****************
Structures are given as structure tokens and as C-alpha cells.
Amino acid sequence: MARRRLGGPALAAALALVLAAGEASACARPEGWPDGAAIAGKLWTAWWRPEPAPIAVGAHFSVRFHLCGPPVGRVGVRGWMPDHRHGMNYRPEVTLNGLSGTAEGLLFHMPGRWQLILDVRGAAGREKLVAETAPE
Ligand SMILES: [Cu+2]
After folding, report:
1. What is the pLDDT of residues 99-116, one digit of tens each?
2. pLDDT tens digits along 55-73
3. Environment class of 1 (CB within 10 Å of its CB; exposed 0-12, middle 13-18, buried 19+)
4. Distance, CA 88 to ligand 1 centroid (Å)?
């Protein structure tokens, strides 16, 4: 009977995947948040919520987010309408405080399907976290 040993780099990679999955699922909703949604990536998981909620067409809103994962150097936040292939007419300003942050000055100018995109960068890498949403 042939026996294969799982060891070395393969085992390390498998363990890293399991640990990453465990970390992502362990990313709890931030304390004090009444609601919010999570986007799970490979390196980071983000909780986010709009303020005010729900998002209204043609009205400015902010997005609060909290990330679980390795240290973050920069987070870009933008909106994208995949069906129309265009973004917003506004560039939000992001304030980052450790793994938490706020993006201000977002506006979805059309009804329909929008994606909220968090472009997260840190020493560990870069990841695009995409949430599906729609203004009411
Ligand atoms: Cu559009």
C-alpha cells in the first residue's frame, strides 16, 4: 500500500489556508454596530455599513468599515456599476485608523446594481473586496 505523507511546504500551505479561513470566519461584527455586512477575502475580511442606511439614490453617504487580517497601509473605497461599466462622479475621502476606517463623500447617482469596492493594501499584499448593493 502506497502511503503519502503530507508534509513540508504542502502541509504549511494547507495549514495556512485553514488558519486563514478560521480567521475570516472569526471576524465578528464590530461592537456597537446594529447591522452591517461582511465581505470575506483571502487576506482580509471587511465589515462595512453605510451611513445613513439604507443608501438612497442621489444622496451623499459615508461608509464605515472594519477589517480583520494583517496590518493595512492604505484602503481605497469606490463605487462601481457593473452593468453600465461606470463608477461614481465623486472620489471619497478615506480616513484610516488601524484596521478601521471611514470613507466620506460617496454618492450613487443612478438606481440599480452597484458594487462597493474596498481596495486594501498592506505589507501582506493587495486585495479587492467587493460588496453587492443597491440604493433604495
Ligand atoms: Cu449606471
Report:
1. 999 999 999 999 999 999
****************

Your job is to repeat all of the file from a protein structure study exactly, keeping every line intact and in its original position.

Structures are given as structure tokens and as C-alpha cells.
Amino acid sequence: MARRRLGGPALAAALALVLAAGEASACARPEGWPDGAAIAGKLWTAWWRPEPAPIAVGAHFSVRFHLCGPPVGRVGVRGWMPDHRHGMNYRPEVTLNGLSGTAEGLLFHMPGRWQLILDVRGAAGREKLVAETAPE
Ligand SMILES: [Cu+2]
After folding, report:
1. What is the pLDDT of residues 99-116, one digit of tens each?
2. pLDDT tens digits along 55-73
3. Environment class of 1 (CB within 10 Å of its CB; exposed 0-12, middle 13-18, buried 19+)
4. Distance, CA 88 to ligand 1 centroid (Å)?
């Protein structure tokens, strides 16, 4: 009977995947948040919520987010309408405080399907976290 040993780099990679999955699922909703949604990536998981909620067409809103994962150097936040292939007419300003942050000055100018995109960068890498949403 042939026996294969799982060891070395393969085992390390498998363990890293399991640990990453465990970390992502362990990313709890931030304390004090009444609601919010999570986007799970490979390196980071983000909780986010709009303020005010729900998002209204043609009205400015902010997005609060909290990330679980390795240290973050920069987070870009933008909106994208995949069906129309265009973004917003506004560039939000992001304030980052450790793994938490706020993006201000977002506006979805059309009804329909929008994606909220968090472009997260840190020493560990870069990841695009995409949430599906729609203004009411
Ligand atoms: Cu559009």
C-alpha cells in the first residue's frame, strides 16, 4: 500500500489556508454596530455599513468599515456599476485608523446594481473586496 505523507511546504500551505479561513470566519461584527455586512477575502475580511442606511439614490453617504487580517497601509473605497461599466462622479475621502476606517463623500447617482469596492493594501499584499448593493 502506497502511503503519502503530507508534509513540508504542502502541509504549511494547507495549514495556512485553514488558519486563514478560521480567521475570516472569526471576524465578528464590530461592537456597537446594529447591522452591517461582511465581505470575506483571502487576506482580509471587511465589515462595512453605510451611513445613513439604507443608501438612497442621489444622496451623499459615508461608509464605515472594519477589517480583520494583517496590518493595512492604505484602503481605497469606490463605487462601481457593473452593468453600465461606470463608477461614481465623486472620489471619497478615506480616513484610516488601524484596521478601521471611514470613507466620506460617496454618492450613487443612478438606481440599480452597484458594487462597493474596498481596495486594501498592506505589507501582506493587495486585495479587492467587493460588496453587492443597491440604493433604495
Ligand atoms: Cu449606471
Report:
1. 999 999 999 999 999 999